Frank Lopes Jnr’s heart-on-sleeve tales of life grow­ing up in Los An­ge­les are one of a kind

The Irish Times - Friday - The Ticket - - THETAKE CRITICS’ CHOICE - NIALLBYRNE Hobo John­son & the Lovemakers playVicar Street, Dublin, on Jan 28th


Slam po­etry in­die rap


Loomis, Cal­i­for­nia.


Hear­ing Frank Lopes jnr for the first time is a jar­ring ex­pe­ri­ence. The Sacra­mento na­tive’s vo­cal de­liv­ery is abra­sively hy­per­ac­tive and de­liv­ered in a short-at­ten­tion-span style like the stoner kid with bum fluff stereo­type in a teen movie come to life. His jerky, jolt­ing style is suit­able for his stream-of-con­scious­ness heart-on­sleeve lyrics, which weave in and out of emo cho­ruses, wry jokes and di­vert­ing mono­logues. He per­forms with a band of alt-folk mu­si­cians called The Lovemakers, and his lo-fi mu­sic style harks back to the Moldy Peaches, remixed with hip-hop.

For the best in­tro­duc­tion to their en­ergy, watch his per­for­mance with his band on NPR’s pres­ti­gious Tiny Desk Con­certs, which the band got by ap­ply­ing for a pub­lic con­test. The song they sub­mit­ted, Peach Scone, quickly picked up tens of mil­lions of views on its own steam. It was recorded in a sunny back­yard and typ­i­fies their ap­peal – ex­u­ber­antly howled cho­ruses sup­port­ing Lopes jnr per­form­ing a day­dream love song to a woman who looked out for him while he was liv­ing in his car. She has a boyfriend, and the song is ul­ti­mately about a pla­tonic kin­ship.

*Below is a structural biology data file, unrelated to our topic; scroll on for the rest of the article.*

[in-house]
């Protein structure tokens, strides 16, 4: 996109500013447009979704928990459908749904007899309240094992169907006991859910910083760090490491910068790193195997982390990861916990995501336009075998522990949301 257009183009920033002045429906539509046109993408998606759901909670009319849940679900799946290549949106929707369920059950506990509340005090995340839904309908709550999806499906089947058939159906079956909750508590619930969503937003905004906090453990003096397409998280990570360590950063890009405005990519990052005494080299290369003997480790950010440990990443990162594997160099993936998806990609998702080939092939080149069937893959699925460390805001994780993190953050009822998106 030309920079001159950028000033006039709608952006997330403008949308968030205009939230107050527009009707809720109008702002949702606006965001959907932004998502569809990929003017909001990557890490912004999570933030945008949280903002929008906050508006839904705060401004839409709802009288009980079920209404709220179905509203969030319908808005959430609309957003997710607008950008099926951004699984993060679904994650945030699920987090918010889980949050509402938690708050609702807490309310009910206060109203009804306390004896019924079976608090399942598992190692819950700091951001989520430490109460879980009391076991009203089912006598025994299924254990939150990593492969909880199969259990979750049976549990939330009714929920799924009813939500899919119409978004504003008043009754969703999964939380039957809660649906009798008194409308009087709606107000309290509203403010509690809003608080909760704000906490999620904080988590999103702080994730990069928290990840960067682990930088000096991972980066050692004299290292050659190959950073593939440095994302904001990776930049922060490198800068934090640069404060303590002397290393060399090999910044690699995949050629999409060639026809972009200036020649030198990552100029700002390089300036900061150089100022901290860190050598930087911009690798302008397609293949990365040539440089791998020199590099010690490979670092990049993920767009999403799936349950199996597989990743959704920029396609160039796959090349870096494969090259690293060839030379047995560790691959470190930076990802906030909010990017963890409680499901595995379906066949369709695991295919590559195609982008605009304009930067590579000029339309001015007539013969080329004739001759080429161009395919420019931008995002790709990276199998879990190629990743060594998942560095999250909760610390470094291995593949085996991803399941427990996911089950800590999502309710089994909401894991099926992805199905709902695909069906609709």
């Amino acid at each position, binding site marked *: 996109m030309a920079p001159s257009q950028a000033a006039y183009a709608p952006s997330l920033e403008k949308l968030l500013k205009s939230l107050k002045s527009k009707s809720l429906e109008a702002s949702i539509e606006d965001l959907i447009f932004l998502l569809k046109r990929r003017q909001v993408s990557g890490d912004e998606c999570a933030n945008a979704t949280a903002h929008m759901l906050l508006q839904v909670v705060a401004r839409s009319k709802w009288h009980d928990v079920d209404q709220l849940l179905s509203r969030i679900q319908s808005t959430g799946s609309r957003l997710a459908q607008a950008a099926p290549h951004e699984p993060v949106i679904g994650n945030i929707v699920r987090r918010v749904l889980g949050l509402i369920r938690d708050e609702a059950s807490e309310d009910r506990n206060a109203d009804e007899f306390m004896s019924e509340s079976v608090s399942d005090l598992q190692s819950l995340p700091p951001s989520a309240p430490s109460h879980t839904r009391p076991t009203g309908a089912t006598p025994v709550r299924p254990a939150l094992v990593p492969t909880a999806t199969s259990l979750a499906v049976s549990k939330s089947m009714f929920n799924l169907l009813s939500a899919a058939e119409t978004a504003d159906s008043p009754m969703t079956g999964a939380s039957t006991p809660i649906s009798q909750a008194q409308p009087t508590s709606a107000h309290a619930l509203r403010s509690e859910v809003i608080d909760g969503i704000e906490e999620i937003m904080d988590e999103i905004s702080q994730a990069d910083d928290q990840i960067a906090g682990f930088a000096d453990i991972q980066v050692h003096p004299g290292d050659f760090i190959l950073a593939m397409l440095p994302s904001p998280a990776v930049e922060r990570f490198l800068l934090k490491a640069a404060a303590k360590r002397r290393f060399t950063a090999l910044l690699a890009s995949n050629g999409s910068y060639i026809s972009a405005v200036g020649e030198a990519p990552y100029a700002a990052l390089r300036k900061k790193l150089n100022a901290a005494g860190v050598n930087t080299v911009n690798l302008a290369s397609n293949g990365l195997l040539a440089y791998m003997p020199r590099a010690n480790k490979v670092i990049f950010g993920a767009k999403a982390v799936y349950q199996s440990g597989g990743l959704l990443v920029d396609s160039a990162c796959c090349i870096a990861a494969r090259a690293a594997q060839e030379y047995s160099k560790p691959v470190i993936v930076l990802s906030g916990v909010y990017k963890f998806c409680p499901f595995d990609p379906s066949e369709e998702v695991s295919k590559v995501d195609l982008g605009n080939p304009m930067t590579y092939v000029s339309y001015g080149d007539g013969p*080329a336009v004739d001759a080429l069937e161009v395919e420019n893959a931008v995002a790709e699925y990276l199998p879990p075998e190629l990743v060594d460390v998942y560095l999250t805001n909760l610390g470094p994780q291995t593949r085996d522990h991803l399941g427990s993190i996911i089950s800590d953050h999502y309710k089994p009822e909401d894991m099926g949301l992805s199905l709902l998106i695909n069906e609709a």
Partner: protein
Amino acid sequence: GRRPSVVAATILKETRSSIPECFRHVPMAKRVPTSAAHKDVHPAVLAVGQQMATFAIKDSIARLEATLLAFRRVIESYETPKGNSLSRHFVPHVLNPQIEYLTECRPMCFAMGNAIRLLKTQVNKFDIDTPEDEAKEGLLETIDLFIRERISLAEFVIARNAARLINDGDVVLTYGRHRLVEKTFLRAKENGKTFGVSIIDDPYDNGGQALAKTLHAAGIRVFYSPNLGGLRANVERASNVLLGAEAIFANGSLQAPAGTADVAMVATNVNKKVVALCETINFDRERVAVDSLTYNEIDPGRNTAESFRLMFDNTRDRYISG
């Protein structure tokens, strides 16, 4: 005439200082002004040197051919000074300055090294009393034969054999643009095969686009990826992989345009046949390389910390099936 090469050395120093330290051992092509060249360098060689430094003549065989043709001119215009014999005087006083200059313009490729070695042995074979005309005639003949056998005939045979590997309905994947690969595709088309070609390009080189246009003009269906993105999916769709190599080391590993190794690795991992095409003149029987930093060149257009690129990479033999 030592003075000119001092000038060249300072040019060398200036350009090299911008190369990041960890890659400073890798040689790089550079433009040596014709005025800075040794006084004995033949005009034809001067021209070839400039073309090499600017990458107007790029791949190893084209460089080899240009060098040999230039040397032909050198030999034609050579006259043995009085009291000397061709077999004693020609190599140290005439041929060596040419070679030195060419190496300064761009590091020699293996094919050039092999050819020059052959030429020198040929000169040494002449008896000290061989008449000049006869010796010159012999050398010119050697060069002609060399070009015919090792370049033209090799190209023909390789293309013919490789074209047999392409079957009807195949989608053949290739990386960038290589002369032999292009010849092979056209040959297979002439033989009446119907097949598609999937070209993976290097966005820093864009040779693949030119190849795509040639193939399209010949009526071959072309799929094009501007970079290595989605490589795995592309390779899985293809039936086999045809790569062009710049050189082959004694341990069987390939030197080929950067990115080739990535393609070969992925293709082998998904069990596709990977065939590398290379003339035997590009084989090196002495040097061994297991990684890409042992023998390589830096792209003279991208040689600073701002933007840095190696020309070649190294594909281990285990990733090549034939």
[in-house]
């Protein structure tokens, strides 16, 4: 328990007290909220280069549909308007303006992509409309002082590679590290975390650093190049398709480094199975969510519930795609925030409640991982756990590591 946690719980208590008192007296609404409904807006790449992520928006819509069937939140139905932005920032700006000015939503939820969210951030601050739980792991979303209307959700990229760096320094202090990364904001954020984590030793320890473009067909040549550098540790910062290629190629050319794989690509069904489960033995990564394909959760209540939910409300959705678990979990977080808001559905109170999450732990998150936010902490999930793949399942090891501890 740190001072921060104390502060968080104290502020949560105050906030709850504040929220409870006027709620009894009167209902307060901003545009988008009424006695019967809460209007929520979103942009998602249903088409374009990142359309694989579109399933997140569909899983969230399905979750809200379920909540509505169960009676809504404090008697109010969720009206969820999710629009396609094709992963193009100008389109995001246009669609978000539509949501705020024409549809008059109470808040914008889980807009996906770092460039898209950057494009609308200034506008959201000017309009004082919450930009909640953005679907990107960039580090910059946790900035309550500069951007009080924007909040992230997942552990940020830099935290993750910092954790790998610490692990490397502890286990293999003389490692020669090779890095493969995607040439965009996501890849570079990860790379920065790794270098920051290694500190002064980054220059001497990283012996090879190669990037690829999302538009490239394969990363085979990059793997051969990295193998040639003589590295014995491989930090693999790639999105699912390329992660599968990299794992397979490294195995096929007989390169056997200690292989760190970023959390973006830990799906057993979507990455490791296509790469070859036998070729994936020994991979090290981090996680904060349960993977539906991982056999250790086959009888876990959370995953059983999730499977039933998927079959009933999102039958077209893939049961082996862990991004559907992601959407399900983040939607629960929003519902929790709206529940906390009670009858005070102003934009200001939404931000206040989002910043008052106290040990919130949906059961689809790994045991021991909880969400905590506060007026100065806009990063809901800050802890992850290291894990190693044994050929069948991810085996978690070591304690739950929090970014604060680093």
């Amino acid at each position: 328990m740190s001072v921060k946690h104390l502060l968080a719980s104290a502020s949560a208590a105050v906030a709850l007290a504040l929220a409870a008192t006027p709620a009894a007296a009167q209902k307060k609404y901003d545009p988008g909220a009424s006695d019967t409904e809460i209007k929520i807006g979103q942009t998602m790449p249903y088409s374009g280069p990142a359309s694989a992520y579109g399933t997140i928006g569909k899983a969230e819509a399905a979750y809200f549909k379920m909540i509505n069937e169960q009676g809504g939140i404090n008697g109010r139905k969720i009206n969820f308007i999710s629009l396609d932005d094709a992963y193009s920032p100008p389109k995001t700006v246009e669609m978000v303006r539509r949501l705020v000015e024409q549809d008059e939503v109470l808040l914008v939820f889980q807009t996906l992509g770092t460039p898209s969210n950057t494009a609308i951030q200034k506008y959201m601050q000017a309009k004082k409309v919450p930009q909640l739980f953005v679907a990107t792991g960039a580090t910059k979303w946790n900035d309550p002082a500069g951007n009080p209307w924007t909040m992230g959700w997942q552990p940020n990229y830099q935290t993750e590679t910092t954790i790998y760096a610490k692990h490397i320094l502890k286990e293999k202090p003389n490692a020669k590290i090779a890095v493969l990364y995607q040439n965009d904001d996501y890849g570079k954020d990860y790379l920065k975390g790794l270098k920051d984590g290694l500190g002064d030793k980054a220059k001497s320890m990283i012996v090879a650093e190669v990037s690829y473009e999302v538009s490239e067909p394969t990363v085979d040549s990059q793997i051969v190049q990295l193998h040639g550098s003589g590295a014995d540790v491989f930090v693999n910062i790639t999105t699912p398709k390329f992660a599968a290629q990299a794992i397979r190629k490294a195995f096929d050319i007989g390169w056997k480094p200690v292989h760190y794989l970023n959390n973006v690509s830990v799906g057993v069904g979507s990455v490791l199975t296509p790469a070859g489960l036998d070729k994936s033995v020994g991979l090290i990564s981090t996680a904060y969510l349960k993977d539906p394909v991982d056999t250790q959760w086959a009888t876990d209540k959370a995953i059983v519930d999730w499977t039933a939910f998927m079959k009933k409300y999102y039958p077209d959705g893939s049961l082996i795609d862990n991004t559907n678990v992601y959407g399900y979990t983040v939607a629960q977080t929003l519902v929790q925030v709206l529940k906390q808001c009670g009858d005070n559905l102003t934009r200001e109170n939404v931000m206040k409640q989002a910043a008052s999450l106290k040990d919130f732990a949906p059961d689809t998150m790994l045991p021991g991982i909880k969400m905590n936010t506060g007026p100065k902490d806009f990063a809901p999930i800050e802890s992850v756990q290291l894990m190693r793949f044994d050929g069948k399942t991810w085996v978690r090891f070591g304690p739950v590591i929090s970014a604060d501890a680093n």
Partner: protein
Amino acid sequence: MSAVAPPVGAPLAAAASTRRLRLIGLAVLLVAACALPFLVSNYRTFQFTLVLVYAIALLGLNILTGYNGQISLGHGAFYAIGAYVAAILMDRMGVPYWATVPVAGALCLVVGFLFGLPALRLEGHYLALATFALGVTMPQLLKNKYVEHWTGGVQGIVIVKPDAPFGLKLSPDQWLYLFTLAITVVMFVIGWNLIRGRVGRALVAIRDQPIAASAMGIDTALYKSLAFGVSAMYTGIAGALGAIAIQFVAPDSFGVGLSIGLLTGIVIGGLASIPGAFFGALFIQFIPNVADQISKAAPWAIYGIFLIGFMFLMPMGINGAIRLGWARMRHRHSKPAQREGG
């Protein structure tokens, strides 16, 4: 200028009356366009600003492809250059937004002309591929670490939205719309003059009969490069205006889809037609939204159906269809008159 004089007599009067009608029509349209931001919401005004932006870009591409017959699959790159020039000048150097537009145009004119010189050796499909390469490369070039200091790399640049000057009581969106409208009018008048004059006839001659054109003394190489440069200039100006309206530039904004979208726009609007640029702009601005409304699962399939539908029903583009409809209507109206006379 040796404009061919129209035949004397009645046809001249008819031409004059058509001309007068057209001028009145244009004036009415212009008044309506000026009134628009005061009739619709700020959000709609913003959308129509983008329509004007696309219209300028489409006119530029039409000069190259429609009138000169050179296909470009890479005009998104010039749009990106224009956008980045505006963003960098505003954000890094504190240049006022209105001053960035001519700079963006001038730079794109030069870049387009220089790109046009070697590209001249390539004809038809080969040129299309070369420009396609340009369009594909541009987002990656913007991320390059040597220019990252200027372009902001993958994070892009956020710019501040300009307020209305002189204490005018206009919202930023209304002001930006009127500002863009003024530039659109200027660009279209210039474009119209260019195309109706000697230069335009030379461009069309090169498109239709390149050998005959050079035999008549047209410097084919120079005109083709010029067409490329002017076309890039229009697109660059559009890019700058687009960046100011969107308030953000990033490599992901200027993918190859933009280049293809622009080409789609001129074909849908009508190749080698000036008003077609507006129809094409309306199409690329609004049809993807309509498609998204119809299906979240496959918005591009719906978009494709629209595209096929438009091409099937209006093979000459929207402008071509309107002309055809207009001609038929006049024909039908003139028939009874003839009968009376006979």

An­other song, Romeo and Juliet , is about his par­ent’s di­vorce and the ef­fect it may have on his fu­ture re­la­tion­ships. “The mar­riage went south / when the snake came back and asked my mother out to din­ner / And my dad found out, and asked my mom what that’s about / And she said ‘Oh, it’s noth­ing’, but dad loves to shout re­ally loud / Loud enough to knock the lamps and dressers to the ground / In my mem­ory, I can hear Chopin’s noc­turnes play­ing in the back­ground.”

You might hate the de­liv­ery of Hobo John­son, but there’s no doubt his con­ver­sa­tional sto­ries of life as a young­ster in LA are one of a kind.

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